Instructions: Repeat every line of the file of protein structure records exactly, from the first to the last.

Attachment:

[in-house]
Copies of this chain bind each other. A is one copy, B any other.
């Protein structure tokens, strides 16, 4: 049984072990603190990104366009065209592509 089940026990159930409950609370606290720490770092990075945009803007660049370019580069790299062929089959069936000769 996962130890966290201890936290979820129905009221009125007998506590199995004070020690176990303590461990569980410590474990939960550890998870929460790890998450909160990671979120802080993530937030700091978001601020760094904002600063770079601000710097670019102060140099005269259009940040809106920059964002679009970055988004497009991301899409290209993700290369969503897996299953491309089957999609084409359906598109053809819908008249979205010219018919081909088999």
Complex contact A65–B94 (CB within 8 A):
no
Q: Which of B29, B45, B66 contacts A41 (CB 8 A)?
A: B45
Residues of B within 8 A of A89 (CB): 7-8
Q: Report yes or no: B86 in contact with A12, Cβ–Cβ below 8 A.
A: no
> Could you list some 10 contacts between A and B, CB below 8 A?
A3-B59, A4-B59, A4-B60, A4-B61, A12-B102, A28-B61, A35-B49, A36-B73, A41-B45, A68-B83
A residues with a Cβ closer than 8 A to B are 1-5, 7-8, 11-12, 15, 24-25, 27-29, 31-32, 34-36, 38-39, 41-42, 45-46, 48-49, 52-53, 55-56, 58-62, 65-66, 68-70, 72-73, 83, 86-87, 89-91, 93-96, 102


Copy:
[in-house]
Copies of this chain bind each other. A is one copy, B any other.
């Protein structure tokens, strides 16, 4: 049984072990603190990104366009065209592509 089940026990159930409950609370606290720490770092990075945009803007660049370019580069790299062929089959069936000769 996962130890966290201890936290979820129905009221009125007998506590199995004070020690176990303590461990569980410590474990939960550890998870929460790890998450909160990671979120802080993530937030700091978001601020760094904002600063770079601000710097670019102060140099005269259009940040809106920059964002679009970055988004497009991301899409290209993700290369969503897996299953491309089957999609084409359906598109053809819908008249979205010219018919081909088999």
Complex contact A65–B94 (CB within 8 A):
no
Q: Which of B29, B45, B66 contacts A41 (CB 8 A)?
A: B45
Residues of B within 8 A of A89 (CB): 7-8
Q: Report yes or no: B86 in contact with A12, Cβ–Cβ below 8 A.
A: no
> Could you list some 10 contacts between A and B, CB below 8 A?
A3-B59, A4-B59, A4-B60, A4-B61, A12-B102, A28-B61, A35-B49, A36-B73, A41-B45, A68-B83
A residues with a Cβ closer than 8 A to B are 1-5, 7-8, 11-12, 15, 24-25, 27-29, 31-32, 34-36, 38-39, 41-42, 45-46, 48-49, 52-53, 55-56, 58-62, 65-66, 68-70, 72-73, 83, 86-87, 89-91, 93-96, 102